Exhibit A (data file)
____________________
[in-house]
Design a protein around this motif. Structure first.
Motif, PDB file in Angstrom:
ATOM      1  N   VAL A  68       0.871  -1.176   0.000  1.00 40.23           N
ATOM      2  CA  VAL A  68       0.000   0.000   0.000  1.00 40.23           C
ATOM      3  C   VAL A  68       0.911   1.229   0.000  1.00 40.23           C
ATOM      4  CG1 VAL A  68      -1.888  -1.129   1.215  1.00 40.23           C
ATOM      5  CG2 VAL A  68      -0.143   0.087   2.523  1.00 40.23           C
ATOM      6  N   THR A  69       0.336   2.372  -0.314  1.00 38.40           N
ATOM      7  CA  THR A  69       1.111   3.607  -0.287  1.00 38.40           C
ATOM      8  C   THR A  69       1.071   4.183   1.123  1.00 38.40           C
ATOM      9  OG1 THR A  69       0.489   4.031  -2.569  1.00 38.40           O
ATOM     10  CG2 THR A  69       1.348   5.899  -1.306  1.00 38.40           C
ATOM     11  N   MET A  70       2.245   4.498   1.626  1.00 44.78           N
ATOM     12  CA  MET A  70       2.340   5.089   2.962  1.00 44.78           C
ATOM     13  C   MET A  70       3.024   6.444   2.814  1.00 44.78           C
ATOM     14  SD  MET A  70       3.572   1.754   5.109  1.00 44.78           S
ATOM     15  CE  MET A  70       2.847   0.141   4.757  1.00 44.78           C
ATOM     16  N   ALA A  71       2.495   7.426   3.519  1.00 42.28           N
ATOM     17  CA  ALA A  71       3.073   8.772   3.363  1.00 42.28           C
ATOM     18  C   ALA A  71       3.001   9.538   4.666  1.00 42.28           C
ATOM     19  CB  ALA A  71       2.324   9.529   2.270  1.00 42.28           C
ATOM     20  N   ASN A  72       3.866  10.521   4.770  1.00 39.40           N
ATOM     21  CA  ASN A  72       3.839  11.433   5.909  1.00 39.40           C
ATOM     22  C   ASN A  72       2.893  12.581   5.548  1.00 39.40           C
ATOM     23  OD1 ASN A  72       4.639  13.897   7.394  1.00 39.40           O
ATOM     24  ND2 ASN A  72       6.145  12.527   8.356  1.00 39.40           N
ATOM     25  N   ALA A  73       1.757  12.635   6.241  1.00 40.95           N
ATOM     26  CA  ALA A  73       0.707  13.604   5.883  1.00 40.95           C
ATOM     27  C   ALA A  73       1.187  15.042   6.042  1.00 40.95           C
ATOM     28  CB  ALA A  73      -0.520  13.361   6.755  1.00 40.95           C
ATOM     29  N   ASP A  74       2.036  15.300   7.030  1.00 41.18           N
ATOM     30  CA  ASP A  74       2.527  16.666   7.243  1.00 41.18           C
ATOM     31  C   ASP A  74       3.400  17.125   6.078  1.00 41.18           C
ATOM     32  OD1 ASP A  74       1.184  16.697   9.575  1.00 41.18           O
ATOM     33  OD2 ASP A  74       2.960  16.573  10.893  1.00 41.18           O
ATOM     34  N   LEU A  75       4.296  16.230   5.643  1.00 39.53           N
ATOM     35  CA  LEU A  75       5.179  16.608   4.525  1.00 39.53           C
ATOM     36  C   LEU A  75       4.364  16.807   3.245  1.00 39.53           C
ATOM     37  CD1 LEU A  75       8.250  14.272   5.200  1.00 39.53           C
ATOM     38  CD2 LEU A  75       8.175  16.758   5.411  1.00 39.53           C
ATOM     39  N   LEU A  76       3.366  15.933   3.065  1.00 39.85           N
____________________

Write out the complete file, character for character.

[in-house]
Design a protein around this motif. Structure first.
Motif, PDB file in Angstrom:
ATOM      1  N   VAL A  68       0.871  -1.176   0.000  1.00 40.23           N
ATOM      2  CA  VAL A  68       0.000   0.000   0.000  1.00 40.23           C
ATOM      3  C   VAL A  68       0.911   1.229   0.000  1.00 40.23           C
ATOM      4  CG1 VAL A  68      -1.888  -1.129   1.215  1.00 40.23           C
ATOM      5  CG2 VAL A  68      -0.143   0.087   2.523  1.00 40.23           C
ATOM      6  N   THR A  69       0.336   2.372  -0.314  1.00 38.40           N
ATOM      7  CA  THR A  69       1.111   3.607  -0.287  1.00 38.40           C
ATOM      8  C   THR A  69       1.071   4.183   1.123  1.00 38.40           C
ATOM      9  OG1 THR A  69       0.489   4.031  -2.569  1.00 38.40           O
ATOM     10  CG2 THR A  69       1.348   5.899  -1.306  1.00 38.40           C
ATOM     11  N   MET A  70       2.245   4.498   1.626  1.00 44.78           N
ATOM     12  CA  MET A  70       2.340   5.089   2.962  1.00 44.78           C
ATOM     13  C   MET A  70       3.024   6.444   2.814  1.00 44.78           C
ATOM     14  SD  MET A  70       3.572   1.754   5.109  1.00 44.78           S
ATOM     15  CE  MET A  70       2.847   0.141   4.757  1.00 44.78           C
ATOM     16  N   ALA A  71       2.495   7.426   3.519  1.00 42.28           N
ATOM     17  CA  ALA A  71       3.073   8.772   3.363  1.00 42.28           C
ATOM     18  C   ALA A  71       3.001   9.538   4.666  1.00 42.28           C
ATOM     19  CB  ALA A  71       2.324   9.529   2.270  1.00 42.28           C
ATOM     20  N   ASN A  72       3.866  10.521   4.770  1.00 39.40           N
ATOM     21  CA  ASN A  72       3.839  11.433   5.909  1.00 39.40           C
ATOM     22  C   ASN A  72       2.893  12.581   5.548  1.00 39.40           C
ATOM     23  OD1 ASN A  72       4.639  13.897   7.394  1.00 39.40           O
ATOM     24  ND2 ASN A  72       6.145  12.527   8.356  1.00 39.40           N
ATOM     25  N   ALA A  73       1.757  12.635   6.241  1.00 40.95           N
ATOM     26  CA  ALA A  73       0.707  13.604   5.883  1.00 40.95           C
ATOM     27  C   ALA A  73       1.187  15.042   6.042  1.00 40.95           C
ATOM     28  CB  ALA A  73      -0.520  13.361   6.755  1.00 40.95           C
ATOM     29  N   ASP A  74       2.036  15.300   7.030  1.00 41.18           N
ATOM     30  CA  ASP A  74       2.527  16.666   7.243  1.00 41.18           C
ATOM     31  C   ASP A  74       3.400  17.125   6.078  1.00 41.18           C
ATOM     32  OD1 ASP A  74       1.184  16.697   9.575  1.00 41.18           O
ATOM     33  OD2 ASP A  74       2.960  16.573  10.893  1.00 41.18           O
ATOM     34  N   LEU A  75       4.296  16.230   5.643  1.00 39.53           N
ATOM     35  CA  LEU A  75       5.179  16.608   4.525  1.00 39.53           C
ATOM     36  C   LEU A  75       4.364  16.807   3.245  1.00 39.53           C
ATOM     37  CD1 LEU A  75       8.250  14.272   5.200  1.00 39.53           C
ATOM     38  CD2 LEU A  75       8.175  16.758   5.411  1.00 39.53           C
ATOM     39  N   LEU A  76       3.366  15.933   3.065  1.00 39.85           N